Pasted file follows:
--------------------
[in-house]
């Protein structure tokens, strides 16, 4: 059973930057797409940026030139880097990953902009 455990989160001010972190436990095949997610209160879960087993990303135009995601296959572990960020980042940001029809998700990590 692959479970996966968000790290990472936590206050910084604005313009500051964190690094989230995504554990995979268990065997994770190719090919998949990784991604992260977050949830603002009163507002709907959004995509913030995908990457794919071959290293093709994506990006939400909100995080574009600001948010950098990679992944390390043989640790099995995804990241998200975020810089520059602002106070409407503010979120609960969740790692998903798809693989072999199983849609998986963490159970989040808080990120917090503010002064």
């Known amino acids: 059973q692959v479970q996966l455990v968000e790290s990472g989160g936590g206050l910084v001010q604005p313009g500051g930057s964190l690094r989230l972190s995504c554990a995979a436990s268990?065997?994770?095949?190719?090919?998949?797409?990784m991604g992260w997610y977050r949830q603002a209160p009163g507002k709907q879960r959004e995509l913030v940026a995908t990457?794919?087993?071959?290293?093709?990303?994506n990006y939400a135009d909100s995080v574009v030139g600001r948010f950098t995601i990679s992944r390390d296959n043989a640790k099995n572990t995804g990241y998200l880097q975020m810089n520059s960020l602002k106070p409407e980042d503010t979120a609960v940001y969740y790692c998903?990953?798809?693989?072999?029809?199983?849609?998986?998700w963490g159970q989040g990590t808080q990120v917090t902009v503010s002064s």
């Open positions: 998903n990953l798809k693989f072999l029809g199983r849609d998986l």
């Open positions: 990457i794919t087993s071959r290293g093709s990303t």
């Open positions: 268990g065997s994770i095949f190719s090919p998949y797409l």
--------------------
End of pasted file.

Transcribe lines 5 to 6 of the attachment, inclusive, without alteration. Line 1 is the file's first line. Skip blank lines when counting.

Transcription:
């Open positions: 990457i794919t087993s071959r290293g093709s990303t």
């Open positions: 268990g065997s994770i095949f190719s090919p998949y797409l």